WASHINGTON -- The Justice Department has opened a criminal investigation into recent disclosures about a controversial domestic eavesdropping program that was secretly authorized by President Bush after the terrorist attacks of Sept. 11, 2001, officials said yesterday.
Justice Department prosecutors will focus on whether classified information about the program was unlawfully disclosed to The New York Times, which reported two weeks ago that Bush had authorized the National Security Agency to monitor the international telephone calls and e-mails of people in the United States without court-approved warrants, officials said.
The Justice Department's decision to disclose the opening of a criminal investigation is rare, particularly given the highly classified nature of the probe. The deputy White House press secretary, Trent Duffy, told reporters in Crawford, Texas, yesterday that the Justice Department ''undertook this action on its own" and that Bush only learned about it from senior staff earlier in the day.
But Duffy reiterated earlier statements by Bush, who had sharply condemned the disclosure of the program and argued that it seriously damaged national security.
''The fact is that Al Qaeda's playbook is not printed on Page 1 and when America's is, it has serious ramifications," Duffy said, reading from prepared remarks. ''You don't need to be Sun Tzu to understand that," he added, referring to the Chinese general who wrote ''The Art of War."
Leak investigations generally begin with a referral to the Justice Department by the agency in question -- in this case the NSA -- which prompts a preliminary inquiry by prosecutors to determine whether a crime has been committed. The opening of a criminal investigation signals that prosecutors believe that laws barring disclosure of classified information by government officials were broken, and will bring with it a full-blown probe involving FBI agents and Justice Department investigators.
The case is the latest in a series of clashes between the media and the Bush administration, which has aggressively enforced restrictions on classified information and has frequently complained about media disclosures related to terrorism or the war in Iraq.
Earlier this year, a grand jury investigation by special prosecutor Patrick Fitzgerald into the disclosure of CIA agent Valerie Plame Wilson's identity resulted in the jailing of former New York Times reporter Judith Miller for refusing to testify and in criminal charges against former vice presidential adviser I. Lewis ''Scooter" Libby. That probe is ongoing.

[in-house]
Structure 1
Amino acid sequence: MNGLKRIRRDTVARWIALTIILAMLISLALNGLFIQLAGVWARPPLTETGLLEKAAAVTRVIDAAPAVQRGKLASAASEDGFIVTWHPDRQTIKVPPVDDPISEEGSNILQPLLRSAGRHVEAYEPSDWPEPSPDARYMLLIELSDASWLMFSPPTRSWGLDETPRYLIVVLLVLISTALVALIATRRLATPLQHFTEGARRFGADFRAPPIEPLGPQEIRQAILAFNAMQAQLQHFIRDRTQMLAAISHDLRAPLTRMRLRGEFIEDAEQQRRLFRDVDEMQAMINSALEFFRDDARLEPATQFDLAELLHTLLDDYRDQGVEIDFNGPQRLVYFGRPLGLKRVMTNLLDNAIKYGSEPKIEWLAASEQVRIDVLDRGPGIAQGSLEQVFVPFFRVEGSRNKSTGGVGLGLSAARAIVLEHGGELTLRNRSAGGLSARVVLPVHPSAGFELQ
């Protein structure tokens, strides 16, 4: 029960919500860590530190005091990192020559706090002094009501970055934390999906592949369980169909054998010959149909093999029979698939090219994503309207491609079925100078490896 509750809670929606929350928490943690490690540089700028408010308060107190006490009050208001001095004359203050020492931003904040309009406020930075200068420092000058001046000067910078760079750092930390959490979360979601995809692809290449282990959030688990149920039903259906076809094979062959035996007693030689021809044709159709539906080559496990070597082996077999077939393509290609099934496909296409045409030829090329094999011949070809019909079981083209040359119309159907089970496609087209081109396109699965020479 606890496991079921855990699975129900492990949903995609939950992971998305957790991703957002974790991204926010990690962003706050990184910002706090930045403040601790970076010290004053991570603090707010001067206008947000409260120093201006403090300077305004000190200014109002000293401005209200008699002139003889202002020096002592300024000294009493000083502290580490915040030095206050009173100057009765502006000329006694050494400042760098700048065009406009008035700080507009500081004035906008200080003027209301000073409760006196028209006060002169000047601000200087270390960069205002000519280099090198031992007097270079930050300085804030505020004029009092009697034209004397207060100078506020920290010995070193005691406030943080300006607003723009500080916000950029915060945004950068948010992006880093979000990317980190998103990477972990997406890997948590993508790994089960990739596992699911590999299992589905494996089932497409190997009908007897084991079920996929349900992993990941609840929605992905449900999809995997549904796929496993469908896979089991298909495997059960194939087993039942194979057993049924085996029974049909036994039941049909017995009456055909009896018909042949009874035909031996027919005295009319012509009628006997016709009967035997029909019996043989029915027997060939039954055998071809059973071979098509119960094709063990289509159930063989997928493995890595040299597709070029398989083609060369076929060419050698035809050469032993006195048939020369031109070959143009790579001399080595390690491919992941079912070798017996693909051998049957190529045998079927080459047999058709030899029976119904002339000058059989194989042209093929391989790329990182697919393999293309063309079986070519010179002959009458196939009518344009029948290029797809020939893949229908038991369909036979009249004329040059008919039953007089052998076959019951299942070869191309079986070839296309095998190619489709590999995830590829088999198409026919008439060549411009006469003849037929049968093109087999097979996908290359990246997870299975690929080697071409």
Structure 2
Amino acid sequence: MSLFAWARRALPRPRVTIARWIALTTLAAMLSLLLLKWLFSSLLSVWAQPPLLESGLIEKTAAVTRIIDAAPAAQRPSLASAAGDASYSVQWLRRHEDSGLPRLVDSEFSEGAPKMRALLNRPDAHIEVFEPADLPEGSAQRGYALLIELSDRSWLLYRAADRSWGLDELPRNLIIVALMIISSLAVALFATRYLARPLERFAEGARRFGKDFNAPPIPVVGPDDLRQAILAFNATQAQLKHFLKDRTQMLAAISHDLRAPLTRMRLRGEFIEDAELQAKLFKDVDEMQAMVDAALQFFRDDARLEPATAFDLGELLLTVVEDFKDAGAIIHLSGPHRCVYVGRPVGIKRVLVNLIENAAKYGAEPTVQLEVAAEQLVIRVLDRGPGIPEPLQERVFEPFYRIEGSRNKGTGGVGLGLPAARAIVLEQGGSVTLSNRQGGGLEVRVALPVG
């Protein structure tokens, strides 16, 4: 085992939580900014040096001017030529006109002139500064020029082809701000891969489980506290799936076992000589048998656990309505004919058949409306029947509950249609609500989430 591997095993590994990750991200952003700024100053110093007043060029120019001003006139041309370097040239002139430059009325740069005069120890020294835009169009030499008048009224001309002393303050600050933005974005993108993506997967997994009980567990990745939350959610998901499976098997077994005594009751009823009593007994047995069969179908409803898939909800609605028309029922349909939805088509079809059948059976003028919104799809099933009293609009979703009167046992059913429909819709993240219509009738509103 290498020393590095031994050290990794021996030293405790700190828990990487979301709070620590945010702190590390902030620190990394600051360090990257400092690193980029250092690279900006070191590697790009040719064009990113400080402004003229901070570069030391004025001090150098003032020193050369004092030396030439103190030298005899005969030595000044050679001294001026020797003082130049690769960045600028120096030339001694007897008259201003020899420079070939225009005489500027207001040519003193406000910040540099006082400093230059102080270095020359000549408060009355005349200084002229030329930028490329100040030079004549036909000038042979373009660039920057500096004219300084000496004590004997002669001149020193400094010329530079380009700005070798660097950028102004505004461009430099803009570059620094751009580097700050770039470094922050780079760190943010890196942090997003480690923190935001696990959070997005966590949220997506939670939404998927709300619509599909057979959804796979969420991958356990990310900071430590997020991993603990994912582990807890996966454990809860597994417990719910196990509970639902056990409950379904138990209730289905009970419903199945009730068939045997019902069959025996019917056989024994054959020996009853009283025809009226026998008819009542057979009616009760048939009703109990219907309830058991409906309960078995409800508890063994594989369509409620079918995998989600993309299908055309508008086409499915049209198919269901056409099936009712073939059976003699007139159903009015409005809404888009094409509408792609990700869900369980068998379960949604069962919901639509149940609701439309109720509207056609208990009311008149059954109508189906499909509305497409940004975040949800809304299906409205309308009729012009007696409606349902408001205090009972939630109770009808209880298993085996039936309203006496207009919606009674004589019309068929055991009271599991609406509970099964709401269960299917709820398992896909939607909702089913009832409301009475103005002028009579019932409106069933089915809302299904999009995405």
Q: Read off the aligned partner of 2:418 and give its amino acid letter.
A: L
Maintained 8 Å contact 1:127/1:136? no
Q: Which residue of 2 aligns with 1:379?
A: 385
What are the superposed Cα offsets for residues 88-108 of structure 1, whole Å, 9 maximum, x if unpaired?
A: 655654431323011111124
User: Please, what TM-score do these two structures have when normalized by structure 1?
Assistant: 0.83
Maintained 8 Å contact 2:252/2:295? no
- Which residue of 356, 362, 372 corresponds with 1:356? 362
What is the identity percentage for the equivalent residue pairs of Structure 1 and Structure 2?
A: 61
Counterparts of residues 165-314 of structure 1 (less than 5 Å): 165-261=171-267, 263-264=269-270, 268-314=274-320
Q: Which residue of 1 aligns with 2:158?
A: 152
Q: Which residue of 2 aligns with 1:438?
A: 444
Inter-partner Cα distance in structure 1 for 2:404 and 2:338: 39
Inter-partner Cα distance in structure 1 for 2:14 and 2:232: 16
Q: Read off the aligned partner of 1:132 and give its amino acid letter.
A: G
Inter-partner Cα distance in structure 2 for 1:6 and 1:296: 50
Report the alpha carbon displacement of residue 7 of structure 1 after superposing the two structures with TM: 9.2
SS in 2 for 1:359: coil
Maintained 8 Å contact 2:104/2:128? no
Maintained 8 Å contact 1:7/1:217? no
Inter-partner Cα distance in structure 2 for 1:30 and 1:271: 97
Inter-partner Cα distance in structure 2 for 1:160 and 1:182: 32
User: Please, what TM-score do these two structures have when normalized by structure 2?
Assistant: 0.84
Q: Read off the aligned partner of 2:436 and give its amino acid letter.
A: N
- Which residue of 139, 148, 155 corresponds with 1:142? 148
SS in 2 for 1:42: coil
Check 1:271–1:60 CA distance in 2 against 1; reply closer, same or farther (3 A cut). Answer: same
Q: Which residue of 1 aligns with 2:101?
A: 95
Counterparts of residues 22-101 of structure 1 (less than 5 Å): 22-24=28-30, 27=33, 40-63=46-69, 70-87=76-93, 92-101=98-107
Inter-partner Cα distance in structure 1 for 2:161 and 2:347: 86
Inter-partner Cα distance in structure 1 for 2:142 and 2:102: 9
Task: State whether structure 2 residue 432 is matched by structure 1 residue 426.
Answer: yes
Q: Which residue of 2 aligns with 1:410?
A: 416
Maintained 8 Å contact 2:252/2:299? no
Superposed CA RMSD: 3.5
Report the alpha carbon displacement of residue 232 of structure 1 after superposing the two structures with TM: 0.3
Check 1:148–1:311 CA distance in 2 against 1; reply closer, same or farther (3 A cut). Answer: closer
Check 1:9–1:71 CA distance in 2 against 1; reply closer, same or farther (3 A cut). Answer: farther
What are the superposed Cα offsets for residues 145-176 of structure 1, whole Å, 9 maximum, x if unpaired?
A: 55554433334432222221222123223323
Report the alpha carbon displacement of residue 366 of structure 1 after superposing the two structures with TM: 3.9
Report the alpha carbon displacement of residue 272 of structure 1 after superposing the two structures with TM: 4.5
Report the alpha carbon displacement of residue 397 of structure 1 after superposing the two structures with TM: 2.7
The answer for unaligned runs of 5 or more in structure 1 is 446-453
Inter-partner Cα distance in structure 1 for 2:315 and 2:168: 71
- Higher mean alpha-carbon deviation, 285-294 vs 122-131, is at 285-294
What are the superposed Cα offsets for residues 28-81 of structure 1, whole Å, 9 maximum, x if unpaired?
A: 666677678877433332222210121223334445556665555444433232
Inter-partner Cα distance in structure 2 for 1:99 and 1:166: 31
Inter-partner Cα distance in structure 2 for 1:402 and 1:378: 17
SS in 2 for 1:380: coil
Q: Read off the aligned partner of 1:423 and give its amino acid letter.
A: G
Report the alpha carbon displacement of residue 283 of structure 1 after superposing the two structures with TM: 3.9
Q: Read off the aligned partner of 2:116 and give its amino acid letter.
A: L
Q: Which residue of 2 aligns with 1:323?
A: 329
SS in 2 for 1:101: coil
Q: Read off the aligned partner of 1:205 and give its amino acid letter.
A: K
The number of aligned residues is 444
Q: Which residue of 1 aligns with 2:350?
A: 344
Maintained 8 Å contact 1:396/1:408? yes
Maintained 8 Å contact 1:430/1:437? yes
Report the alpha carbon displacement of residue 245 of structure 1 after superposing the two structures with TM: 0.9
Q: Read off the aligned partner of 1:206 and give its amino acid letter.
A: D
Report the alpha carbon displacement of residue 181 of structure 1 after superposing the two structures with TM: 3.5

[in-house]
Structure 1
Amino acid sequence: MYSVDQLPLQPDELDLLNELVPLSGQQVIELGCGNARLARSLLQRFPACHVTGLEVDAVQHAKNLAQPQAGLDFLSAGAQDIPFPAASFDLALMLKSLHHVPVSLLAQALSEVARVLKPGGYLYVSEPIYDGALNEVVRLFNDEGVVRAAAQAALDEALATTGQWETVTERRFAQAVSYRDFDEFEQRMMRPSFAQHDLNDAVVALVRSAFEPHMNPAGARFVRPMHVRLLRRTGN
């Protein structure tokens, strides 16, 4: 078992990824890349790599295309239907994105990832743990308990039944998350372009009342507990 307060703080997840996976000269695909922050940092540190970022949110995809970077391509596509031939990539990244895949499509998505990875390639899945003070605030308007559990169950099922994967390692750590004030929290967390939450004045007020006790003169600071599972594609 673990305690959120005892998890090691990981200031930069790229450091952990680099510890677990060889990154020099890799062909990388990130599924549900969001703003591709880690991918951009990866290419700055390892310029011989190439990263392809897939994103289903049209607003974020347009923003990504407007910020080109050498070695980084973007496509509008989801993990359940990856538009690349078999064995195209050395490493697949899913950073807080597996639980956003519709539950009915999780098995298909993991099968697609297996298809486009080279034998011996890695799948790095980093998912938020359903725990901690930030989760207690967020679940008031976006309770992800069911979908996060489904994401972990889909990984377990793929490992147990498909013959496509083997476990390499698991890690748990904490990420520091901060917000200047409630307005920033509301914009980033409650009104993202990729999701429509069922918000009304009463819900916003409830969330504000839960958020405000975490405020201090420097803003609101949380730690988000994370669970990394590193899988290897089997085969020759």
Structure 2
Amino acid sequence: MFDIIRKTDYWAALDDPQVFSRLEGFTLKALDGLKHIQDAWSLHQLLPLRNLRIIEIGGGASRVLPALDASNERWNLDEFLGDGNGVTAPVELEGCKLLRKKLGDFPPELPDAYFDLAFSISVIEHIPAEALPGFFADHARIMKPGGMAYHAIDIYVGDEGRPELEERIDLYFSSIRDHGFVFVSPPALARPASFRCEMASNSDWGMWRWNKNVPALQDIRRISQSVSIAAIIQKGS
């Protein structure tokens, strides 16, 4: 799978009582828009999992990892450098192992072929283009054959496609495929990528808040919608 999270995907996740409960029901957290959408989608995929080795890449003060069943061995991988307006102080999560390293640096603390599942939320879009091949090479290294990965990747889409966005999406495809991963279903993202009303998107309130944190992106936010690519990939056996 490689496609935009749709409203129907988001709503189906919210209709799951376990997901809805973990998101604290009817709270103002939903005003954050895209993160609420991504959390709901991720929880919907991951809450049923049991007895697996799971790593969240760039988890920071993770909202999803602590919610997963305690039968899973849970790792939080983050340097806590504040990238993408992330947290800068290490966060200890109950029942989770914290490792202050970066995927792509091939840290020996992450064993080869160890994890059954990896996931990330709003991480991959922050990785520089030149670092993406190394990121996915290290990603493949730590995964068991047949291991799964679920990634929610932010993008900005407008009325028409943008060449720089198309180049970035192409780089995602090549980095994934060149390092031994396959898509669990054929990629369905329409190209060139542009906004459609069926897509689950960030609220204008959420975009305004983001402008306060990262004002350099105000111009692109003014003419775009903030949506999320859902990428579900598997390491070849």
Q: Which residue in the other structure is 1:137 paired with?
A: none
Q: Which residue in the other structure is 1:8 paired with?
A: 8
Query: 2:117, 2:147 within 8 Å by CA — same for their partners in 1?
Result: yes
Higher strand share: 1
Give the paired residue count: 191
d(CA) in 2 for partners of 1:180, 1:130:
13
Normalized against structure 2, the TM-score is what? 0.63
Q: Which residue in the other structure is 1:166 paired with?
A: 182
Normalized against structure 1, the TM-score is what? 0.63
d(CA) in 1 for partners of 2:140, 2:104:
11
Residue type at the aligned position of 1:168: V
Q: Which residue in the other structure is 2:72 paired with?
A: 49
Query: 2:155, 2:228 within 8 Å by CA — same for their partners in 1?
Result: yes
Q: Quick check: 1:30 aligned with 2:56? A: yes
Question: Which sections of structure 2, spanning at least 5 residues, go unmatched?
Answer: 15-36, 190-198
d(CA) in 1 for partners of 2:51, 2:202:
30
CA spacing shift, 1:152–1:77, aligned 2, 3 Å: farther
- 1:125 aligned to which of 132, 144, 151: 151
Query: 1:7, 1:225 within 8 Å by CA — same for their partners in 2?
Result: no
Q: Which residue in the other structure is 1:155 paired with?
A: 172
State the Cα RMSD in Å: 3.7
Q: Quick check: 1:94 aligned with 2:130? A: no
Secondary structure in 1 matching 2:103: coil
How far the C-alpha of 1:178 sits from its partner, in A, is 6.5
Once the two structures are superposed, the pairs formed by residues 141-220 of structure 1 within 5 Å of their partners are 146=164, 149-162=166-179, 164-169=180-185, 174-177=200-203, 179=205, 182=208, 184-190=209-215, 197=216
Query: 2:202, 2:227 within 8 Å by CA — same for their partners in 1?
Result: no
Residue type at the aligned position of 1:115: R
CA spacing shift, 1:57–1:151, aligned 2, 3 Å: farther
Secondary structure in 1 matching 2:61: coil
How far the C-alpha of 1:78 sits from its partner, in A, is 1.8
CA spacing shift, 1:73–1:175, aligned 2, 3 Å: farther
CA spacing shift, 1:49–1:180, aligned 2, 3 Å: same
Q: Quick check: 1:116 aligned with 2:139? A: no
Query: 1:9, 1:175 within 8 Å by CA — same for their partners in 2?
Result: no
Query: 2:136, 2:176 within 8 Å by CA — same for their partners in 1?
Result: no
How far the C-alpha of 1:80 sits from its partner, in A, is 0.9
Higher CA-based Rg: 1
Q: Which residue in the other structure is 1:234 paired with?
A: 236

In another recent case, the CIA General Counsel's office in November notified the Justice Department that classified information had been disclosed in a report by The
News of the domestic spying program by the NSA, which is normally restricted to eavesdropping overseas, set off a firestorm of criticism from legislators and civil liberties advocates and contributed to the administration's failure to persuade Congress to pass a renewed version of the USA Patriot Act antiterrorism law. The Republican head of the Senate Judiciary Committee has vowed to hold hearings on the NSA program, while some other Republicans have demanded a congressional probe into the leaking behind the report.
The spying program also angered judges on a special court that administers the Foreign Intelligence Surveillance Act, which governs clandestine surveillance within the United States and which requires warrants for secret searches and wiretaps. One panel member, James Robertson, resigned from the secret court in protest, according to sources familiar with his decision.
Soon after the story broke on Dec. 16, Bush and other administration officials took the unusual step of publicly acknowledging the program's existence, describing details of its operation and arguing that the initiative was both legal and necessary in a time of war. Attorney General Alberto R. Gonzales said the program ''is probably the most highly classified program that exists in the United States government."
The Times has said it held the story for a year after the administration argued its disclosure would harm national security. The published story relied on ''nearly a dozen current and former officials," the newspaper said. Times spokeswoman Catherine Mathis declined to comment on the Justice Department probe yesterday.
Lucy Dalglish, executive director of the Reporters Committee for Freedom of the Press, a journalism advocacy group, said the leak probe underscores the need for a federal ''shield law" to protect reporters' sources. She and other observers also said the NSA case seems to be less controversial, from a journalistic point of view, than the Plame Wilson case, which involves journalists trying to protect sources allegedly engaged in political attacks.
''It doesn't seem to me that this leak investigation will take on the importance" of the Plame Wilson case, said Carl Tobias, a law professor at the University of Richmond. ''The bigger story here is still the one about domestic spying and whether the president intends, as he said, to continue doing it."
The American Civil Liberties Union, which has argued that a special prosecutor should be appointed to determine whether Bush violated federal wiretapping laws, called the leak probe an unwarranted attack on whistleblowers.
''Attorney General Gonzales is cracking down on critics of his friend and boss," said Anthony Romero, executive director of the ACLU.